PUDDING VS. PIE: For those horrified of cutting butter into flour, the crust-free route is always an option.
It may seem crazy, but now's the time to delight in the simple pleasure of pumpkin pudding
By Ari LeVaux
Pumpkin pie is misunderstood in many ways. To name a few: it doesn't need to be sweet, it isn't only for the holidays, and, as far as I'm concerned, it doesn't even have to exist.
As much as I love pumpkin pie, I've been making pumpkin pudding more often, especially now, after the holidays and at the end of squash season, when pragmatic shopping can provide good deals. I say this carefully, knowing full well that in some circles an argument against pie is an argument against America. But there's no denying pumpkin pudding makes more sense, much of the time.
The difference between pie and pudding is crust, the very presence of which changes its contents from pudding to pie filling. If you can make a good crust, good for you; I hope somebody notices. But in my experience, crust is more liability than asset. The greatest crust won't rescue a bad pie, but a failed crust can embarrass an otherwise respectable one.
On more than one occasion, the thankless and messy task of crust making has dissuaded me from making pie altogether. If I attempt to make a crust, it means flour and dough are going to coat the kitchen. And the pie will probably break apart as I try to serve it, which is less impressive than just serving pudding.
Tapioca, chocolate and coconut milk may not be typical ingredients in pumpkin pie and pudding, but they've been working great for me. I start by cutting open a squash, using a spoon to scrape out the seeds, which I clean and bake separately. I bake the squash in large pieces on a baking pan at 350 degrees until it's totally soft—about an hour—then let the squash cool and scoop out the soft flesh. Two cups of squash will make a good-sized tapioca pumpkin pie. Blend the squash with two eggs, a half-cup of coconut milk and sweetener to taste.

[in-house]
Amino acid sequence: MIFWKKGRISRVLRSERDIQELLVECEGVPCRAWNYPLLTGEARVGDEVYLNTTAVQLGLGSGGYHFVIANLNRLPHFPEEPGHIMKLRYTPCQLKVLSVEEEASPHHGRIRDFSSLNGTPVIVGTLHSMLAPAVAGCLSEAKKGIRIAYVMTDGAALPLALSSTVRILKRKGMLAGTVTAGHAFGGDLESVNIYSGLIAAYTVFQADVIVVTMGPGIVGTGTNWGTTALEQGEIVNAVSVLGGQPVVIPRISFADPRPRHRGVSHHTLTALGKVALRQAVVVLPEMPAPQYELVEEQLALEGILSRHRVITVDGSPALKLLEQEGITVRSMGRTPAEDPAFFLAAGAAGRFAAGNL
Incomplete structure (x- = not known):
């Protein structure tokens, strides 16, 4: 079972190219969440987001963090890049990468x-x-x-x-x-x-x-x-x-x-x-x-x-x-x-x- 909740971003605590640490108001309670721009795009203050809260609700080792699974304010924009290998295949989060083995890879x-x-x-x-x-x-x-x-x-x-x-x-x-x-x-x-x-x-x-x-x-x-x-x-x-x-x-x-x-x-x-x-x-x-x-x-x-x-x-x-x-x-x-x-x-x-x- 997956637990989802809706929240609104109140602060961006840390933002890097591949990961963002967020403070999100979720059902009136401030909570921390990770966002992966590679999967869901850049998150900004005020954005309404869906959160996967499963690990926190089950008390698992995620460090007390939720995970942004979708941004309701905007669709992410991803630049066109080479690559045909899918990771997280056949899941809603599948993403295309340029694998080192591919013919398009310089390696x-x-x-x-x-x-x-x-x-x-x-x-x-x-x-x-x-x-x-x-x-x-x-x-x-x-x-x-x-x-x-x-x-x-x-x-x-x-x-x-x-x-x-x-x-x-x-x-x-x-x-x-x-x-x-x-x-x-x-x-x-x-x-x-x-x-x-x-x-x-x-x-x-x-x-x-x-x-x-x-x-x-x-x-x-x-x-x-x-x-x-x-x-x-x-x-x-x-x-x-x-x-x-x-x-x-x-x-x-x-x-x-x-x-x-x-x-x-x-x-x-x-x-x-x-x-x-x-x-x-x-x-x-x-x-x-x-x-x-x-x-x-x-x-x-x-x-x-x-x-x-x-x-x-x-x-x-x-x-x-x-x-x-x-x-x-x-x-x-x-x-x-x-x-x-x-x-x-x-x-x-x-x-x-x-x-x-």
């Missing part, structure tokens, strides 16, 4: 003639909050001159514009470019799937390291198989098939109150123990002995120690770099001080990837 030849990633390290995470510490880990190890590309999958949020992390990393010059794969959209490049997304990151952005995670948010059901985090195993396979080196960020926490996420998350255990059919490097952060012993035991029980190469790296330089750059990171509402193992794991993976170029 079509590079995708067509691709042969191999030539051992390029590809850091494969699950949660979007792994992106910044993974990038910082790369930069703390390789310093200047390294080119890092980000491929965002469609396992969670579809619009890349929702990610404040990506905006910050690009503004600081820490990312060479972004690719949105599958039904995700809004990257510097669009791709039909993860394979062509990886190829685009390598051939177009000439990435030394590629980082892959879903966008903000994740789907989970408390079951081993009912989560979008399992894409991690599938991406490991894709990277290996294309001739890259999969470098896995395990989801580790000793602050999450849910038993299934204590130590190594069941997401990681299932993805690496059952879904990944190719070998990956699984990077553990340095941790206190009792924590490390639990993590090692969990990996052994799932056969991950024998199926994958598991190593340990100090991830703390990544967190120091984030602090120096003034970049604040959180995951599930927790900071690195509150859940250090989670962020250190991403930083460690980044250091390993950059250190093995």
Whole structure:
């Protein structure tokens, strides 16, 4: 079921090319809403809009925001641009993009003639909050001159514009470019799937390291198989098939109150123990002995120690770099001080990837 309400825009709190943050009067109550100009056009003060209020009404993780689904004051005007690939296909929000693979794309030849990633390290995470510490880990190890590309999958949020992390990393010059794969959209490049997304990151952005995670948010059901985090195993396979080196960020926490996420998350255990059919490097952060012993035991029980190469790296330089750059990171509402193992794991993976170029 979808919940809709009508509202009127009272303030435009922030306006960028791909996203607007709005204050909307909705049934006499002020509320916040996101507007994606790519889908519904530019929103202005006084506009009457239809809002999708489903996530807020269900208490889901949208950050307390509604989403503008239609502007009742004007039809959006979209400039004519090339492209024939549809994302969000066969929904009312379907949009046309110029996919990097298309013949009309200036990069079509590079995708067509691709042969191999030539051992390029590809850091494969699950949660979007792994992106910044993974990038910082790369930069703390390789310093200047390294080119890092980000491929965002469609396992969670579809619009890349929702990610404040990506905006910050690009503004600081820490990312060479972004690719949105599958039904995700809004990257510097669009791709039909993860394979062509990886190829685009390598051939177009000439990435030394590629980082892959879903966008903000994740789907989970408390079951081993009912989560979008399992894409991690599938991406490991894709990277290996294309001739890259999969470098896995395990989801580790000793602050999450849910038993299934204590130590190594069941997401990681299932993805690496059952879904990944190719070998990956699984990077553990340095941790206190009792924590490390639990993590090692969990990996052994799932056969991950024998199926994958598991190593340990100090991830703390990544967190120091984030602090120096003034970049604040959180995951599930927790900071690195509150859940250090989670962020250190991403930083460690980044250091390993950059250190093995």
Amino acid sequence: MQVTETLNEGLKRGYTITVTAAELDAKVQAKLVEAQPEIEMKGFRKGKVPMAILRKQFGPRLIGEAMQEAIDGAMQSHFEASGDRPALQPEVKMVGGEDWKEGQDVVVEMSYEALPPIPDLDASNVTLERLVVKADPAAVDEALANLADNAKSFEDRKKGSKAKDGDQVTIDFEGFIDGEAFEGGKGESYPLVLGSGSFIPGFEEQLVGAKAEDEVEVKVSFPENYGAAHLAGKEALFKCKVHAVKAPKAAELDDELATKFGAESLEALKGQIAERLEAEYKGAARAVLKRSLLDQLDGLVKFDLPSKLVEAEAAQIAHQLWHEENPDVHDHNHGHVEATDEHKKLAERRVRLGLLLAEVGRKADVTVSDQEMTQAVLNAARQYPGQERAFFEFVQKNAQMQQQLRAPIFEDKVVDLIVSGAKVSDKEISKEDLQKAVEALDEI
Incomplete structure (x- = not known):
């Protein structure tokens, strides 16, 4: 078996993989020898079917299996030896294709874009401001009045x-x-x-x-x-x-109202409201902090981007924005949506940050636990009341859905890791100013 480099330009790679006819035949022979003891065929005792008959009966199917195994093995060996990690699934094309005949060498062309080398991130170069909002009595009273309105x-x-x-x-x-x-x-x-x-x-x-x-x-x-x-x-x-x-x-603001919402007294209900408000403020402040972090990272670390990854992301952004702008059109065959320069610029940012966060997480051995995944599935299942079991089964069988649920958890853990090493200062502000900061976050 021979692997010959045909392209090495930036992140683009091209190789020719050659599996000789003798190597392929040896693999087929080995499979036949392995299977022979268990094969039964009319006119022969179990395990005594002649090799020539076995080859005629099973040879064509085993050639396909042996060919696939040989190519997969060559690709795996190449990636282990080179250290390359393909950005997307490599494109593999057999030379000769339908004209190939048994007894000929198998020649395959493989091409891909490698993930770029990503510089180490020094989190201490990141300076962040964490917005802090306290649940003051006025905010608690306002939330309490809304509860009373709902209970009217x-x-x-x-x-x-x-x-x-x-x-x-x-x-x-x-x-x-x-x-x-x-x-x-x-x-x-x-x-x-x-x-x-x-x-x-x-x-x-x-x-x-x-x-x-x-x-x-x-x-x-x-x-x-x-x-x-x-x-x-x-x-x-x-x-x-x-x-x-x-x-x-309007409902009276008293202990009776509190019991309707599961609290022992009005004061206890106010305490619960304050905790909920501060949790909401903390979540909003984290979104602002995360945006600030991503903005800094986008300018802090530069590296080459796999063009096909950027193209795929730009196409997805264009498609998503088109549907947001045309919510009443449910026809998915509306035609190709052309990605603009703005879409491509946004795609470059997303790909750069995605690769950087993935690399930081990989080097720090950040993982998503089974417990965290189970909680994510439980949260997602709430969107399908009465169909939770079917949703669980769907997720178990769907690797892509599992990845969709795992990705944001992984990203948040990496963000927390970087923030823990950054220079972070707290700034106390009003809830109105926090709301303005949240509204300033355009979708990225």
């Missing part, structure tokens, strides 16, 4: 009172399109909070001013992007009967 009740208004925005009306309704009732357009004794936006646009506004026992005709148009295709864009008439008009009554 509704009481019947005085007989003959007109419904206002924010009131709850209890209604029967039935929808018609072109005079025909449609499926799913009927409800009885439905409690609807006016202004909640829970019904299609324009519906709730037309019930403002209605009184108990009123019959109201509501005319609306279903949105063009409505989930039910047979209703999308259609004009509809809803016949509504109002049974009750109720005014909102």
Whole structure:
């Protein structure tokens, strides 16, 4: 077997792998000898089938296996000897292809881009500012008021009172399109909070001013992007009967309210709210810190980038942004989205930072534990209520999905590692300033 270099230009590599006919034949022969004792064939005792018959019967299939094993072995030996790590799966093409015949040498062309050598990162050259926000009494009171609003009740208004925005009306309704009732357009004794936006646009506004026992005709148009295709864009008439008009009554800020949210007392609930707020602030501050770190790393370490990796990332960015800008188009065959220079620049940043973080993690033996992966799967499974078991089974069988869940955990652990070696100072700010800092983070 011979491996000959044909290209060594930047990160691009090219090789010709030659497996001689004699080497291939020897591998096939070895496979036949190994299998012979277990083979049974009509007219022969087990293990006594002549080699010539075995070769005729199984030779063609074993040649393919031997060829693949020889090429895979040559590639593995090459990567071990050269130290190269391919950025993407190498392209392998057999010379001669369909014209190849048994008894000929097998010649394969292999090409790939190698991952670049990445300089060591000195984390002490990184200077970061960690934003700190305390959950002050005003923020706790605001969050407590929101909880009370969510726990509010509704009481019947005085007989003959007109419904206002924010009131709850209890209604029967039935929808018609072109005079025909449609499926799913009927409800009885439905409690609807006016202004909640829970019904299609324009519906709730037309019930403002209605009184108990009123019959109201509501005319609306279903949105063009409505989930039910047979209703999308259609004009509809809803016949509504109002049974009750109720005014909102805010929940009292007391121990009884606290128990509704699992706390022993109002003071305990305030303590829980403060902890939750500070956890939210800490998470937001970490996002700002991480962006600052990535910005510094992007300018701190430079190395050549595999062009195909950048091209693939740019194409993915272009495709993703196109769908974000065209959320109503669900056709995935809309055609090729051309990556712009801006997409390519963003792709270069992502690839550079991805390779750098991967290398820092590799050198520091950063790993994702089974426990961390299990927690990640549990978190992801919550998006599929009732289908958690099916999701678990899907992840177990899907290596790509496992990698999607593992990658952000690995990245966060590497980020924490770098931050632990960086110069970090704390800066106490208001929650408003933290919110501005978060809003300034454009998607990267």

If I plan on adding chocolate chips, I usually don't sweeten the pie with anything else. If I'm not using chocolate, then maple syrup goes well with squash. Otherwise, I use sugar. Vanilla is worth adding, sparingly. So are traditional pumpkin pie spices: nutmeg and mace. Taste. Adjust. Repeat. And remember: if it tastes good in the mixing bowl, it will taste good when it comes out of the oven.
For the tapioca, boil one cup of water per pie, and add three tablespoons of granulated tapioca to the water, stirring vigorously until it all breaks up. Kill the heat and wait about five minutes for it to cool. Stir the tapioca into the squash filling. If you're using chocolate chips, stir them in last—half a cup or to taste. Add your pudding to an oiled dish, and bake at 300 for about an hour and a quarter per two inches of thickness.
Whether or not you mess with crust, any of these variations on pumpkin pie will help you take advantage of the end of squash season. It doesn't matter if you're a locavore with a name for every squash in your root cellar or just somebody who likes pudding. Or pie. Whatever you call it, it's worth a try.
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